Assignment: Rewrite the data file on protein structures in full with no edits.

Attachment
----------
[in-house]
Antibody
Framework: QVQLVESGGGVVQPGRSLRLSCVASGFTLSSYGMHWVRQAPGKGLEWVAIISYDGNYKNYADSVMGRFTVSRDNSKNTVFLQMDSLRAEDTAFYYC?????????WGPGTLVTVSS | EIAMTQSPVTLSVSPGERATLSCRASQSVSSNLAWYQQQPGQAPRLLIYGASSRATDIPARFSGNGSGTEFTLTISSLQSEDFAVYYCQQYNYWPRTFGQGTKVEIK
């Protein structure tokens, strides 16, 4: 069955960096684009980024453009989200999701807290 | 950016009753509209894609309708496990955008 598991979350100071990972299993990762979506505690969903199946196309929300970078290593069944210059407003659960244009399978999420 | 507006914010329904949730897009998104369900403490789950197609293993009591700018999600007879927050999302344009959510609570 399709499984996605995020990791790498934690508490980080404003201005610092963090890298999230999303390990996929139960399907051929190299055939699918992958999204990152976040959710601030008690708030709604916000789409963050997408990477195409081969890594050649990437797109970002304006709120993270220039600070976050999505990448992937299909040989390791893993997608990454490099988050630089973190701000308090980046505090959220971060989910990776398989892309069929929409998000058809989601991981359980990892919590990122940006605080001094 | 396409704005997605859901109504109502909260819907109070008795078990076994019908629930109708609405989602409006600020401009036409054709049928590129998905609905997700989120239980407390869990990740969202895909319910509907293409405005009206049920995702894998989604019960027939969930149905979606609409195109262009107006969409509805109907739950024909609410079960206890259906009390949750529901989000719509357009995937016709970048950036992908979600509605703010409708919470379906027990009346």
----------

[in-house]
Antibody
Framework: QVQLVESGGGVVQPGRSLRLSCVASGFTLSSYGMHWVRQAPGKGLEWVAIISYDGNYKNYADSVMGRFTVSRDNSKNTVFLQMDSLRAEDTAFYYC?????????WGPGTLVTVSS | EIAMTQSPVTLSVSPGERATLSCRASQSVSSNLAWYQQQPGQAPRLLIYGASSRATDIPARFSGNGSGTEFTLTISSLQSEDFAVYYCQQYNYWPRTFGQGTKVEIK
């Protein structure tokens, strides 16, 4: 069955960096684009980024453009989200999701807290 | 950016009753509209894609309708496990955008 598991979350100071990972299993990762979506505690969903199946196309929300970078290593069944210059407003659960244009399978999420 | 507006914010329904949730897009998104369900403490789950197609293993009591700018999600007879927050999302344009959510609570 399709499984996605995020990791790498934690508490980080404003201005610092963090890298999230999303390990996929139960399907051929190299055939699918992958999204990152976040959710601030008690708030709604916000789409963050997408990477195409081969890594050649990437797109970002304006709120993270220039600070976050999505990448992937299909040989390791893993997608990454490099988050630089973190701000308090980046505090959220971060989910990776398989892309069929929409998000058809989601991981359980990892919590990122940006605080001094 | 396409704005997605859901109504109502909260819907109070008795078990076994019908629930109708609405989602409006600020401009036409054709049928590129998905609905997700989120239980407390869990990740969202895909319910509907293409405005009206049920995702894998989604019960027939969930149905979606609409195109262009107006969409509805109907739950024909609410079960206890259906009390949750529901989000719509357009995937016709970048950036992908979600509605703010409708919470379906027990009346």